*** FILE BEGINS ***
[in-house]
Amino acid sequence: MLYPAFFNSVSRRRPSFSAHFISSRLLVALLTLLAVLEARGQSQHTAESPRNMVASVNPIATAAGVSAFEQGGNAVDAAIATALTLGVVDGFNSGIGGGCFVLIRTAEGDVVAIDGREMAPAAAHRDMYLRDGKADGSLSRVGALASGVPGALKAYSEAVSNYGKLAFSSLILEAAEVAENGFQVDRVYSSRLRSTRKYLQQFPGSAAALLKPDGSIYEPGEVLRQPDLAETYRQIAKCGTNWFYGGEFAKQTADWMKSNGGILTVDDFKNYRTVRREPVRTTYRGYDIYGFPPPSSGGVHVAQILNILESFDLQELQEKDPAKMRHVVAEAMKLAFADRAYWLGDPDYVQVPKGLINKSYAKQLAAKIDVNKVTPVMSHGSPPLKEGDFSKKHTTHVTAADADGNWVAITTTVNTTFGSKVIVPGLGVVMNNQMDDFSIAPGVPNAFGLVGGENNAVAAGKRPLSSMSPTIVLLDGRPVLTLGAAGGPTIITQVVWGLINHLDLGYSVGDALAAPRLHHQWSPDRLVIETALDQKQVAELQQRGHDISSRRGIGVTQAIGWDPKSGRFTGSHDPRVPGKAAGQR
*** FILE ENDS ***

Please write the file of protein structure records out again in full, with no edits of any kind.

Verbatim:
[in-house]
Amino acid sequence: MLYPAFFNSVSRRRPSFSAHFISSRLLVALLTLLAVLEARGQSQHTAESPRNMVASVNPIATAAGVSAFEQGGNAVDAAIATALTLGVVDGFNSGIGGGCFVLIRTAEGDVVAIDGREMAPAAAHRDMYLRDGKADGSLSRVGALASGVPGALKAYSEAVSNYGKLAFSSLILEAAEVAENGFQVDRVYSSRLRSTRKYLQQFPGSAAALLKPDGSIYEPGEVLRQPDLAETYRQIAKCGTNWFYGGEFAKQTADWMKSNGGILTVDDFKNYRTVRREPVRTTYRGYDIYGFPPPSSGGVHVAQILNILESFDLQELQEKDPAKMRHVVAEAMKLAFADRAYWLGDPDYVQVPKGLINKSYAKQLAAKIDVNKVTPVMSHGSPPLKEGDFSKKHTTHVTAADADGNWVAITTTVNTTFGSKVIVPGLGVVMNNQMDDFSIAPGVPNAFGLVGGENNAVAAGKRPLSSMSPTIVLLDGRPVLTLGAAGGPTIITQVVWGLINHLDLGYSVGDALAAPRLHHQWSPDRLVIETALDQKQVAELQQRGHDISSRRGIGVTQAIGWDPKSGRFTGSHDPRVPGKAAGQR